Most of the food and toys collected around here go local…so I feel good about it. once you start getting into shipping things across the country I think more and more red tape gets involved.

  2. I buy throughout the year with the seasonal food drives on my mind. I gave everything I collected this year to the United States Postal Service’s canned food drive. I will continue to keep the various canned food drives in mind as I’m grocery shopping in the next couple of weeks.

    I, too, have a pretty good sized ‘donation’ pile going. I keep intending to call the local Thrift store and have them come pick it up when they are in the area doing their regular routes. I’ve already missed November’s pick-up day. I should just throw it all in the back of my car and take it to the donation center.

    I’ve always wanted to participate in adopting a Salvation Army Angel…..but they have so many rules in place that a person can’t just walk up and buy what they can. They tell you that you have to spend a minimum of X and don’t go over Y. Bicycles aren’t good because if one sibling gets a bicycle then all of the siblings should get a bicycle. Too many strings attached so we don’t bother. (I know that is an awful way to be but we just can’t spend $50 or more.) We did the Operation Christmas Child one year but haven’t done it again.

    I’m all about giving to the people that aren’t as well off as we are. Especially the children. They have no control over their environment or who their parent’s are. I will find a way to give back this year. I will.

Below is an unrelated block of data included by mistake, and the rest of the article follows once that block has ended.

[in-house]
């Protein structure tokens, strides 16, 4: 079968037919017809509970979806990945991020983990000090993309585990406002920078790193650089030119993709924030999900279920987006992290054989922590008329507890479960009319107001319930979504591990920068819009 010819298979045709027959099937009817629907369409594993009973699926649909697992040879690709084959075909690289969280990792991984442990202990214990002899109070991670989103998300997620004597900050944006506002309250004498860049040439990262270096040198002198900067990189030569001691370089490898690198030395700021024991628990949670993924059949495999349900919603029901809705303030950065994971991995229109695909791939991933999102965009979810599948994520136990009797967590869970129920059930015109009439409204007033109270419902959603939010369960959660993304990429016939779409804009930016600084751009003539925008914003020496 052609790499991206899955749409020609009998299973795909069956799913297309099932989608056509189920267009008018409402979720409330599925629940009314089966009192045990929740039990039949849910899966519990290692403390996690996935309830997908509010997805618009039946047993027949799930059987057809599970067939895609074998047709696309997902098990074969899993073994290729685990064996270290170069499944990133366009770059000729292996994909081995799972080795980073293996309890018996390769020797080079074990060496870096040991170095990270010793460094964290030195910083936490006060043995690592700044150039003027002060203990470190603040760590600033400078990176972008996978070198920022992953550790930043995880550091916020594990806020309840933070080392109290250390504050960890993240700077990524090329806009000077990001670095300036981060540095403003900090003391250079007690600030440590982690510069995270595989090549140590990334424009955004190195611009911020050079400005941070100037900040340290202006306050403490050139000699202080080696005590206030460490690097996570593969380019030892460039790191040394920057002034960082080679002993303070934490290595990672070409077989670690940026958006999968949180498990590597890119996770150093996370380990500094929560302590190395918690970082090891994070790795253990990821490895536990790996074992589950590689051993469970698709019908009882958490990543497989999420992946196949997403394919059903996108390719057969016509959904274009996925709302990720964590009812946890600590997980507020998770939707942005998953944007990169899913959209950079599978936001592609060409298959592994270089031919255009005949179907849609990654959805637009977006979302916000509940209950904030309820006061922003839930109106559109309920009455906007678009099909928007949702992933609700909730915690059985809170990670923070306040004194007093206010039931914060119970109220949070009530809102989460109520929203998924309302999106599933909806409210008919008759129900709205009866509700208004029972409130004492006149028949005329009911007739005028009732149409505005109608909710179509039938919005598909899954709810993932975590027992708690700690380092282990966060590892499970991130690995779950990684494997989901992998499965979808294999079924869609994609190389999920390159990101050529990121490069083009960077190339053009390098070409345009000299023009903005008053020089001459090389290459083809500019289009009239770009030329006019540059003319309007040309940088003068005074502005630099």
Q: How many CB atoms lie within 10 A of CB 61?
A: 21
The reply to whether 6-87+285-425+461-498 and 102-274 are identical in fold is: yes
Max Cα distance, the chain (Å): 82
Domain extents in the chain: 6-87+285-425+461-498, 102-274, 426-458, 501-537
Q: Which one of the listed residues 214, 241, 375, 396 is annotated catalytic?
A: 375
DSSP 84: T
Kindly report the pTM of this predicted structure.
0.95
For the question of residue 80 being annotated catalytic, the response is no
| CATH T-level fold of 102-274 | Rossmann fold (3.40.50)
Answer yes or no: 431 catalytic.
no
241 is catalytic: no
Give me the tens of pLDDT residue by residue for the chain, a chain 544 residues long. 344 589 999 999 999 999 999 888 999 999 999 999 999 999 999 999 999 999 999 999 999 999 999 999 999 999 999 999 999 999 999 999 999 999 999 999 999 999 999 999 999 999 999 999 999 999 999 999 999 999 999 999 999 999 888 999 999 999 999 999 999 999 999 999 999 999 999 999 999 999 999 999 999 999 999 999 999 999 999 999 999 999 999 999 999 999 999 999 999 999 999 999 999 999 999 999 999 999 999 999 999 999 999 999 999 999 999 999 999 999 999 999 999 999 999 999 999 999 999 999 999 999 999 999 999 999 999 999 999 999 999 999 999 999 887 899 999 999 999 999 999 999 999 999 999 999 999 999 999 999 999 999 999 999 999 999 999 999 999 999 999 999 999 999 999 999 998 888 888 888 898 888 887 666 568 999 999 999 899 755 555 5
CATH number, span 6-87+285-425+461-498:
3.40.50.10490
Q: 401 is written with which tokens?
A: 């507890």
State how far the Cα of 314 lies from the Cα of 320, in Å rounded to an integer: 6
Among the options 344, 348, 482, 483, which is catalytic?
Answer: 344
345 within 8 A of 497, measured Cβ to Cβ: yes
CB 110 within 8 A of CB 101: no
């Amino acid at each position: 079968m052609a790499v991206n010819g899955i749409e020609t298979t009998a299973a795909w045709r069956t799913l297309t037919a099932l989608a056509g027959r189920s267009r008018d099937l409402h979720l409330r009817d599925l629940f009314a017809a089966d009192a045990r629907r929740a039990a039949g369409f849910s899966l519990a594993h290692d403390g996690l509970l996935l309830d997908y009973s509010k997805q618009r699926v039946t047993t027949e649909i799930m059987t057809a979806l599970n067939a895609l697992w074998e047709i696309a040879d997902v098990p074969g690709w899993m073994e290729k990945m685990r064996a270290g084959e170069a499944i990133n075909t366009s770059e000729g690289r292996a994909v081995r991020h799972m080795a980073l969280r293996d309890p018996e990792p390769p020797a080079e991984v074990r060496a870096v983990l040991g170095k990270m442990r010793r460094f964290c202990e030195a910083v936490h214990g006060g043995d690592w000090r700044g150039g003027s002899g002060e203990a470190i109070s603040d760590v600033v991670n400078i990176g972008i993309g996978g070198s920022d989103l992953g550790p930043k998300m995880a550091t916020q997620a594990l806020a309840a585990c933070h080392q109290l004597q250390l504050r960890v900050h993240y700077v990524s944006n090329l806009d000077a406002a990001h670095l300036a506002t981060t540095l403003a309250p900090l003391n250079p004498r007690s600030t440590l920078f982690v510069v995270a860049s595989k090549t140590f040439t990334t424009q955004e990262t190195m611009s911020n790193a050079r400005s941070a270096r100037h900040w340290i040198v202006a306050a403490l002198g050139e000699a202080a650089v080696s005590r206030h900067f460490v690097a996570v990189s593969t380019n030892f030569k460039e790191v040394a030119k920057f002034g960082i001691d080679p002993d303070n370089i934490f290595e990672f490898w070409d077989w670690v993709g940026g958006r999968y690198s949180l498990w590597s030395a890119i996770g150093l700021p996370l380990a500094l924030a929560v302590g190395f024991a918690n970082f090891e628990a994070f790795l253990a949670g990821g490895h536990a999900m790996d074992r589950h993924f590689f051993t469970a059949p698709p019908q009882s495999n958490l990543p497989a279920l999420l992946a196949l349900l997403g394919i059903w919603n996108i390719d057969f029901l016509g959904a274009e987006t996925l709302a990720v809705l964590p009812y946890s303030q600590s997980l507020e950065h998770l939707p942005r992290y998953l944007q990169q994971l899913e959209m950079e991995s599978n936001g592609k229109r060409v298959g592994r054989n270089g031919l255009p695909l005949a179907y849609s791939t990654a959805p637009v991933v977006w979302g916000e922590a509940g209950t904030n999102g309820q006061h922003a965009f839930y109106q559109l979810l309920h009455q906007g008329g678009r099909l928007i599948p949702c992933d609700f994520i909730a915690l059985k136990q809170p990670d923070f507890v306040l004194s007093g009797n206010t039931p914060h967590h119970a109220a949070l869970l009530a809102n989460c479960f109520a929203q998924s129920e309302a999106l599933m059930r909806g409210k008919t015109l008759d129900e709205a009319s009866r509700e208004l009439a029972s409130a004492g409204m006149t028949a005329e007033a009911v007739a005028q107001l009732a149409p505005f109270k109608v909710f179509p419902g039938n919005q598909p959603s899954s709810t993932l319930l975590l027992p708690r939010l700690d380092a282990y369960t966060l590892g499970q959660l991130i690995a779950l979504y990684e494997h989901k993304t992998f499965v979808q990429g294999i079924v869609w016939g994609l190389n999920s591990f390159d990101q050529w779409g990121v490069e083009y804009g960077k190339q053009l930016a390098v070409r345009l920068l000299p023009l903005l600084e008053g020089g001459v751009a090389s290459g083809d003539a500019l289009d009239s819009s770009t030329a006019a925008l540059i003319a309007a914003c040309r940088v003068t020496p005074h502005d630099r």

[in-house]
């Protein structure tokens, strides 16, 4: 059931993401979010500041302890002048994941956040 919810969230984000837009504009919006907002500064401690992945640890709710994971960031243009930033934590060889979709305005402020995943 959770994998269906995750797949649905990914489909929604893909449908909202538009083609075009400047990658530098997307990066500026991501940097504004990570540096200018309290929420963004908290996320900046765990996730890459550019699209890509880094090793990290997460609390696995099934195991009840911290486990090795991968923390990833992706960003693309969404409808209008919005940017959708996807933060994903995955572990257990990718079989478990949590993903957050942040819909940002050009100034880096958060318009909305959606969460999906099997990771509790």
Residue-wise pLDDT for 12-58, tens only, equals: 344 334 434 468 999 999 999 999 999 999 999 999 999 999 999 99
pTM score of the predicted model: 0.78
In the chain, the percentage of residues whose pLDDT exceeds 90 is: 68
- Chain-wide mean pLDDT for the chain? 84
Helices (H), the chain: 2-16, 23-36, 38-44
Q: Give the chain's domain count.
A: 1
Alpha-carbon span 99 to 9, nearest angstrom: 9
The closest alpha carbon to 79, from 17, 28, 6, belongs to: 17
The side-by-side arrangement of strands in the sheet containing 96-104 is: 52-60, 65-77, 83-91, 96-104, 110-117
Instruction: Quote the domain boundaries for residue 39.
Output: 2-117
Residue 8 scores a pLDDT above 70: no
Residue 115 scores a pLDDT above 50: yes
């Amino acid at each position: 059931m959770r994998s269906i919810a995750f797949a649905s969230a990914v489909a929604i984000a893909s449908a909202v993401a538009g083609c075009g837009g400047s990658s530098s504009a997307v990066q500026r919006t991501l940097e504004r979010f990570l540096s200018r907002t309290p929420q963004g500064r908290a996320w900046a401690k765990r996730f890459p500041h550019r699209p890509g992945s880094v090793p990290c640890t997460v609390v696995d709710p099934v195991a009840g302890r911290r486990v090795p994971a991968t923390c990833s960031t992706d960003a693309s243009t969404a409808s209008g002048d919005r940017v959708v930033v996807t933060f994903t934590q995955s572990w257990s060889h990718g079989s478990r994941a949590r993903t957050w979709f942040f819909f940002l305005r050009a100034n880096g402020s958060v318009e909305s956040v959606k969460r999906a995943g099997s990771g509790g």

• I think donating to “Toys for Tots” is the easiest. I like the Angel child program except that there really are several specific items asked for and I think I’d rather choose.

      This year I have tried to be sensitive that many children may be living in shelters, or moving between relatives homes, so games with lots of little parts may not be the best, So I’ve been buying a lot of the 0.77 cent hotwheels cars as well…they fit in a pocket and I’ve never known a boy or girl that didn’t enjoy playing with one.

  3. aubrey says:

    In addition, I always send a box of toys to the local humane society. But I really think they’d find blankets and food more useful – so that’s what I’ll be giving to them this year.

    • Great Idea! I always take towels to my local vet ( we get tons of lost ones at the gym never to be picked up again.) I should take some to the shelter, or some of the local rescue orgs. Thanks!

  4. We donate to Care Australia each year – this year we are thinking of covering the cost of a school desk and chair for a child. Last year we paid for a water filter. Little things that can mean a lot.

    I admire your efforts, you are a fantastic example. Thank you for the motivation.

  5. From talking to some shelter users, I know that plus-size women’s clothes are desperately needed.

    And a surprising (to me), desperately desired, item is LUGGAGE. People in shelters need luggage to transport their clothes during the day (the woman I met was using tape to patch her trash bags – she was thrilled to receive a suitcase). Any luggage is good. Bonus points if it has wheels.

    • I never would have thought of Luggage. but yes, If you are having to transport everything you own….luggage, especially with wheels is a great idea. thanks leendadll!!!!

  6. I donate to women’s shelters and they usually have underwear on the top of their list – and old mobile phones. At work we do a toy drive for a Street People’s association – I am one of the elves – it’s fun and worthwhile.